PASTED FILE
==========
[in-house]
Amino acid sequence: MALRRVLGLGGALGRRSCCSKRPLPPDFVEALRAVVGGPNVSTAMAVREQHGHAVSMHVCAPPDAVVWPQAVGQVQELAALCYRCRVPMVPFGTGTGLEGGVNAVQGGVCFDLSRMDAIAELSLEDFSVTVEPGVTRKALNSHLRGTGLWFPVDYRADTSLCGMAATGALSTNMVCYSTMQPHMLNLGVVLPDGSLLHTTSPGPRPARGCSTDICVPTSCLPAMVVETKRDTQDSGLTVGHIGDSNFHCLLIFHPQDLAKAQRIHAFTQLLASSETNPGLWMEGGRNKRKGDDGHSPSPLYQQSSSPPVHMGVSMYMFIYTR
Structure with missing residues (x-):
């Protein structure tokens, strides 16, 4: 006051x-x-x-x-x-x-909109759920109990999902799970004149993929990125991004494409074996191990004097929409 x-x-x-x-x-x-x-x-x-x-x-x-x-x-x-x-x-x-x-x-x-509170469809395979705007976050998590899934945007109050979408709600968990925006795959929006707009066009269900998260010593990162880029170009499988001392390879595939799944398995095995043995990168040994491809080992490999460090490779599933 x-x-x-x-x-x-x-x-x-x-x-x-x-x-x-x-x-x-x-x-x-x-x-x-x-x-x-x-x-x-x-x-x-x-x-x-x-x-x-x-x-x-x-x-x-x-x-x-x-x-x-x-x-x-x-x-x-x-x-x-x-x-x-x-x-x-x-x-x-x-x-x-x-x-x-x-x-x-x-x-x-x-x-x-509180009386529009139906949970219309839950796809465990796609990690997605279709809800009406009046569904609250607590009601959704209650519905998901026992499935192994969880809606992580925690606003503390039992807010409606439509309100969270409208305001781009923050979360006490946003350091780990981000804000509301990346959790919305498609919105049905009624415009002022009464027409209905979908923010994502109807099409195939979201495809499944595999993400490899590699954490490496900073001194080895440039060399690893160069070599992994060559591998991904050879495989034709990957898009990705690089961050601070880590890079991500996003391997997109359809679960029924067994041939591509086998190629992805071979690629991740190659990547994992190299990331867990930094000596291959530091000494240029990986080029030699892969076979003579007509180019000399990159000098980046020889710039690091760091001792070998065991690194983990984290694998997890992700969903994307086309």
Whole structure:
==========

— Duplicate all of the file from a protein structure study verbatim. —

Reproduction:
[in-house]
Amino acid sequence: MALRRVLGLGGALGRRSCCSKRPLPPDFVEALRAVVGGPNVSTAMAVREQHGHAVSMHVCAPPDAVVWPQAVGQVQELAALCYRCRVPMVPFGTGTGLEGGVNAVQGGVCFDLSRMDAIAELSLEDFSVTVEPGVTRKALNSHLRGTGLWFPVDYRADTSLCGMAATGALSTNMVCYSTMQPHMLNLGVVLPDGSLLHTTSPGPRPARGCSTDICVPTSCLPAMVVETKRDTQDSGLTVGHIGDSNFHCLLIFHPQDLAKAQRIHAFTQLLASSETNPGLWMEGGRNKRKGDDGHSPSPLYQQSSSPPVHMGVSMYMFIYTR
Structure with missing residues (x-):
């Protein structure tokens, strides 16, 4: 006051x-x-x-x-x-x-909109759920109990999902799970004149993929990125991004494409074996191990004097929409 x-x-x-x-x-x-x-x-x-x-x-x-x-x-x-x-x-x-x-x-x-509170469809395979705007976050998590899934945007109050979408709600968990925006795959929006707009066009269900998260010593990162880029170009499988001392390879595939799944398995095995043995990168040994491809080992490999460090490779599933 x-x-x-x-x-x-x-x-x-x-x-x-x-x-x-x-x-x-x-x-x-x-x-x-x-x-x-x-x-x-x-x-x-x-x-x-x-x-x-x-x-x-x-x-x-x-x-x-x-x-x-x-x-x-x-x-x-x-x-x-x-x-x-x-x-x-x-x-x-x-x-x-x-x-x-x-x-x-x-x-x-x-x-x-509180009386529009139906949970219309839950796809465990796609990690997605279709809800009406009046569904609250607590009601959704209650519905998901026992499935192994969880809606992580925690606003503390039992807010409606439509309100969270409208305001781009923050979360006490946003350091780990981000804000509301990346959790919305498609919105049905009624415009002022009464027409209905979908923010994502109807099409195939979201495809499944595999993400490899590699954490490496900073001194080895440039060399690893160069070599992994060559591998991904050879495989034709990957898009990705690089961050601070880590890079991500996003391997997109359809679960029924067994041939591509086998190629992805071979690629991740190659990547994992190299990331867990930094000596291959530091000494240029990986080029030699892969076979003579007509180019000399990159000098980046020889710039690091760091001792070998065991690194983990984290694998997890992700969903994307086309």
Whole structure: